For those who appreciate good cinema, the opinion of discerning film critics is of the utmost importance.
It’s been an amazing year. And my fan base has really made a lot of this happen for me. They came out for all the films at the start of my career. And they came out for Anuvahood and they were the ones that made that film a success. And then with the BAFTA nomination, people’s vote showed their support.
Big question in a small arena: Are westerns making a comeback? Sometimes it seems to me they’ve been asking the same questions for the last five decades and still haven’t been given a satisfactory answer.
With the 85th Academy Award nominations set to be announced on January 10th, Kieran Turner-Dave previews the films most likely to be in contention for cinema’s most prestigious prize
Fionna McLauchlan gives a rundown of some of the films to watch in 2013.
In the 1985 comic strip The Rule, Alison Bechdel introduced a simple test that troublingly highlighted the gender bias present in mainstream movies.
The last week has seen Korea dominate the global spotlight on the internet. Zany South Korean pop video Gangnam Style became the most liked and watched video on YouTube, and days later North Korea held a mass rally to celebrate the launch of their first satellite. Yet despite the online attention that has surrounded the two divided nations, the most intriguing Korean export of the year has gone largely unnoticed.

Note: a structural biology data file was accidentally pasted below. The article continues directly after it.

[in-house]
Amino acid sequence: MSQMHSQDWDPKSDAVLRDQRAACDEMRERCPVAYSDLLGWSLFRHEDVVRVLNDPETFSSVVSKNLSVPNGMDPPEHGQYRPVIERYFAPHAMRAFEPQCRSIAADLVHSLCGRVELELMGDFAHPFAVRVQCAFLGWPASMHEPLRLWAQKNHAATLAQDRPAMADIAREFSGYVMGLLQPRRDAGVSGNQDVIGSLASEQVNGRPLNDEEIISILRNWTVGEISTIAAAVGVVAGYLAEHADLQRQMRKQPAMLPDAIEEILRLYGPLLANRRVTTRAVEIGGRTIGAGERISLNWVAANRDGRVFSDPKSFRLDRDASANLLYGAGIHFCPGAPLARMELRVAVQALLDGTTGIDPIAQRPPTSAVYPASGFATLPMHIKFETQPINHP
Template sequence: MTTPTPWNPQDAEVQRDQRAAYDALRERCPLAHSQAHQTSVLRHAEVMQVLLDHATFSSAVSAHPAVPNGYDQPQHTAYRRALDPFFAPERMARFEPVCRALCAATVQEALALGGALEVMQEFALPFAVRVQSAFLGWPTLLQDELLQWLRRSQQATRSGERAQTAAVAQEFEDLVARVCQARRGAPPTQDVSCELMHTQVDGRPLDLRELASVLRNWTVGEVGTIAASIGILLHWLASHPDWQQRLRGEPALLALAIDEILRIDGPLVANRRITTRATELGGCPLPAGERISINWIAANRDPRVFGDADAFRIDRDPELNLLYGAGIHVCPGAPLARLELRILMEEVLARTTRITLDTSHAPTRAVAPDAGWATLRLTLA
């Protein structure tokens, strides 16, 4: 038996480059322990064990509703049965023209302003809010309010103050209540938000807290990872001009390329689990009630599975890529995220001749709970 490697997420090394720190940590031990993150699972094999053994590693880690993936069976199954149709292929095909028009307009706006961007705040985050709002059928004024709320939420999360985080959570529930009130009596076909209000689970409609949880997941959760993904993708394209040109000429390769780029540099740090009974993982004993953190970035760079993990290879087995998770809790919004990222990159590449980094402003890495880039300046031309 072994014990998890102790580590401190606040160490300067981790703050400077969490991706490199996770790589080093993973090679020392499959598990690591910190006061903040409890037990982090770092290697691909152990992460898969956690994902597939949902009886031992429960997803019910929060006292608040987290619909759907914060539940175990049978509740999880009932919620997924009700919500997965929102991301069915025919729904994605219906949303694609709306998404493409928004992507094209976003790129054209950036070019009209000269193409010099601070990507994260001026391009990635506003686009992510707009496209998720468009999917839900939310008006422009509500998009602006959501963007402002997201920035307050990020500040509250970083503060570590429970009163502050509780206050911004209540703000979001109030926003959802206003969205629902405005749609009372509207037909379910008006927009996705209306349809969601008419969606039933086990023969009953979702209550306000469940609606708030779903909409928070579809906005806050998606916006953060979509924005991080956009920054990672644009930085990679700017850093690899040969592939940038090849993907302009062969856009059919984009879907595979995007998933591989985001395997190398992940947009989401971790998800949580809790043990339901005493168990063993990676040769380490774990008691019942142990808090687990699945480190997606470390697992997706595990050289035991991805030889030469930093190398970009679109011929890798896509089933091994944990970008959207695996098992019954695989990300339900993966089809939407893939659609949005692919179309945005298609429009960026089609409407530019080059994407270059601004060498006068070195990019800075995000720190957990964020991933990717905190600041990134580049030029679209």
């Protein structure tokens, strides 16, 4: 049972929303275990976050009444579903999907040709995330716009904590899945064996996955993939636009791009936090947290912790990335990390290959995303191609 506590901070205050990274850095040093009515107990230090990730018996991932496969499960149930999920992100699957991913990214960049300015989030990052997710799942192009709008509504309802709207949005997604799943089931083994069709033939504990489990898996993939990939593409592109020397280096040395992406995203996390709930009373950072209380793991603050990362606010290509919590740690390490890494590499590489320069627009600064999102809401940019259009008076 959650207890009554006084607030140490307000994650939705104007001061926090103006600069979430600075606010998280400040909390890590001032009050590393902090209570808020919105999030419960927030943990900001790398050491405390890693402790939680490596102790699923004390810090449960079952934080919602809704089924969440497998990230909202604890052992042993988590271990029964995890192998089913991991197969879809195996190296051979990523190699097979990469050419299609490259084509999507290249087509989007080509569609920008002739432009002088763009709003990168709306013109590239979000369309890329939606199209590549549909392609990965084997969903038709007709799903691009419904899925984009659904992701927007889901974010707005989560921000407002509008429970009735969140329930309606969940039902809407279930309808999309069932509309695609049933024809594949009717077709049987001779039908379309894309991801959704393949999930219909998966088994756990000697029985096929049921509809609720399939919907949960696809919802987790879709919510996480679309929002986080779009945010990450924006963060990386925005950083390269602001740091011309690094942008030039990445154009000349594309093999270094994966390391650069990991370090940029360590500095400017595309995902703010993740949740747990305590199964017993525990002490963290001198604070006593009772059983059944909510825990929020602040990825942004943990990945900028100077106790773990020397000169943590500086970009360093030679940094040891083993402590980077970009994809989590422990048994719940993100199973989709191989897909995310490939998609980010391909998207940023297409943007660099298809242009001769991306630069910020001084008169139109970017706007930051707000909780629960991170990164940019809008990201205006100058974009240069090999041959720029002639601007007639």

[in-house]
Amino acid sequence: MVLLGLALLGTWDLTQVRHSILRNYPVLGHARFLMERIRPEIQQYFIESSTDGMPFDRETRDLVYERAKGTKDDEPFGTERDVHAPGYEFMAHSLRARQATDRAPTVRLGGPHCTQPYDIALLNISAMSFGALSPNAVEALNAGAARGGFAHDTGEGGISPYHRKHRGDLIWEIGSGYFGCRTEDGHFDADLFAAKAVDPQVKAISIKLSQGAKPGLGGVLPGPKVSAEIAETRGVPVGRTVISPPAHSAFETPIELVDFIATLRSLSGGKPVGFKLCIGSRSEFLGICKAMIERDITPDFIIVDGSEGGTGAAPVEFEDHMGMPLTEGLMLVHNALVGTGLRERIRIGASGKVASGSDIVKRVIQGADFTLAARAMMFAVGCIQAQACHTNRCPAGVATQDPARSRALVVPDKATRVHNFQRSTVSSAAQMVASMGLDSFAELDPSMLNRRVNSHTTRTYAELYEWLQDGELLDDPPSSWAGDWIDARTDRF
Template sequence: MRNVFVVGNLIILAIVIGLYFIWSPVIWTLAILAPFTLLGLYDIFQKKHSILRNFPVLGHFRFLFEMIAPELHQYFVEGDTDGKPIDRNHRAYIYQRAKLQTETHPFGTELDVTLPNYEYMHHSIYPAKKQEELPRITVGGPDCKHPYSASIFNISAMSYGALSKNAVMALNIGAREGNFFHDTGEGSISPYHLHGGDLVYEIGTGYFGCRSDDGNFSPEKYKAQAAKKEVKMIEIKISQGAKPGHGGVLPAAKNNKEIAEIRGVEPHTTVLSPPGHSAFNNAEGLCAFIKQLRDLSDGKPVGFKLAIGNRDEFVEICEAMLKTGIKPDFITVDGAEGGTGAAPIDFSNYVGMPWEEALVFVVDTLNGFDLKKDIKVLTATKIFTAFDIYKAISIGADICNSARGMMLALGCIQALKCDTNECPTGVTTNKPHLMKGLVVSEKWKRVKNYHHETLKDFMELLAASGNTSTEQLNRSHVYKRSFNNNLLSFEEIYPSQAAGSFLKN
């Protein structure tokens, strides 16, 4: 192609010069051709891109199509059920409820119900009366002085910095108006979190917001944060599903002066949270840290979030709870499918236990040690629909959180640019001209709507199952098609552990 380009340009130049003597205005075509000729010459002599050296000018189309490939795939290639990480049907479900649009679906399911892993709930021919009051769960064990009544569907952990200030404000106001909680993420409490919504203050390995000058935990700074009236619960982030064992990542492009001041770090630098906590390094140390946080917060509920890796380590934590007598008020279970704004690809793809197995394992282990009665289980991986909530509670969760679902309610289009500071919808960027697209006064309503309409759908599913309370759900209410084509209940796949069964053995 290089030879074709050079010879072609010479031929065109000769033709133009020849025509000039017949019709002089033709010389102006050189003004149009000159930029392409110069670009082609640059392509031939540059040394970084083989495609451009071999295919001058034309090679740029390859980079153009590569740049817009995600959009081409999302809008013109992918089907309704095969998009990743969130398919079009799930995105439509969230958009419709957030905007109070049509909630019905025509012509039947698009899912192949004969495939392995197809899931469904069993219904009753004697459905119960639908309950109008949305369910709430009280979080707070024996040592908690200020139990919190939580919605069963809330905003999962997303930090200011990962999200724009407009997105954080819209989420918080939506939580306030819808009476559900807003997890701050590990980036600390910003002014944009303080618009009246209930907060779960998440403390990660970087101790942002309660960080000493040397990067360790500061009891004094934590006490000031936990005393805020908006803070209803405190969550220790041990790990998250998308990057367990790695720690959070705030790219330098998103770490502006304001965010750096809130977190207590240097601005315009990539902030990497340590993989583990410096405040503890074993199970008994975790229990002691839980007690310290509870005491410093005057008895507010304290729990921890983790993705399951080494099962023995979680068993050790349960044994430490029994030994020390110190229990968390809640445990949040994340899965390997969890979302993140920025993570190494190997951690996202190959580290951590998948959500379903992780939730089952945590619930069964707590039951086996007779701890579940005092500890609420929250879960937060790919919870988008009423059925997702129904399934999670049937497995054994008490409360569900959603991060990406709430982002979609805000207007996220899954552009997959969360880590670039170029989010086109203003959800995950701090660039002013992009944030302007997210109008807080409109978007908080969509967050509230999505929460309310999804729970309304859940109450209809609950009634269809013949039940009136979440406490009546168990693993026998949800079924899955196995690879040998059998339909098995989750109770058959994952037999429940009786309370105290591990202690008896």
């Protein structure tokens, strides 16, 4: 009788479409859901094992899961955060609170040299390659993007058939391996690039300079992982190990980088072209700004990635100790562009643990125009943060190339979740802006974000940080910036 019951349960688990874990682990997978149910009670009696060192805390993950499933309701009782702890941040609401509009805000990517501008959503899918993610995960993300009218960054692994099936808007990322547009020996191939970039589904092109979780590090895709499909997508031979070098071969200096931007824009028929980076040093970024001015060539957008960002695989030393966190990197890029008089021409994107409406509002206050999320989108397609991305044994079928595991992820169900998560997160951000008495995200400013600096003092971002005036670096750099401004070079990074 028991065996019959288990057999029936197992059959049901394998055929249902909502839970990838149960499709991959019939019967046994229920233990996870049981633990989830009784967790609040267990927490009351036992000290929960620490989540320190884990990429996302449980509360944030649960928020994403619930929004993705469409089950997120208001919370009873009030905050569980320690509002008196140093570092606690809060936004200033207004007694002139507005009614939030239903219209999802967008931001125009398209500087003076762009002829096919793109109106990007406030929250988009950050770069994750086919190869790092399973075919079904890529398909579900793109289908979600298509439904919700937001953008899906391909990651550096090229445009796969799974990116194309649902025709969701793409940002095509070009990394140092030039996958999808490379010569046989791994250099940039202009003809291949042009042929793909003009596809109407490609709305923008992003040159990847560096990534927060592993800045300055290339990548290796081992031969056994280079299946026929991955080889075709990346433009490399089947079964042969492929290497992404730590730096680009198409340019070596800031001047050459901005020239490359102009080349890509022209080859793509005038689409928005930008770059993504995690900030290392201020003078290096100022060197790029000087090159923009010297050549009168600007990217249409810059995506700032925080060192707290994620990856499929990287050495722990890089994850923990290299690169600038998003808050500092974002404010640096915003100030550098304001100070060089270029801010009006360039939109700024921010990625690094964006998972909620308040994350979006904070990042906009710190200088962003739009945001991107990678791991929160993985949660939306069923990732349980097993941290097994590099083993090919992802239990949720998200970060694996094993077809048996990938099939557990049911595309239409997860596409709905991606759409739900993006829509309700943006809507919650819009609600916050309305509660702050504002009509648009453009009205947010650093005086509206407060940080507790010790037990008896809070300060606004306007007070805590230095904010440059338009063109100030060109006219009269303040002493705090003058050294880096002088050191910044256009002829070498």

George Arnett gives a rundown of some of this year’s top films.
This year marks the 100th anniversary of one of British film-making’s central institutions – the British Board of Film Classification. Over the past century, the British Board of Film Classification has evolved from the quaint, and supposedly morally superior, institution that was tasked with protecting the public from corruptive indecency; into a transparent, accountable and in-touch organisation that mainly classifies movies so that filmmakers may more effectively meet their target audience.
Writer and comedienne Gráinne Maguire spoke to fellow comic Ross Noble about his stand-up jubilee, the changing face of comedy and why he’s not chasing television
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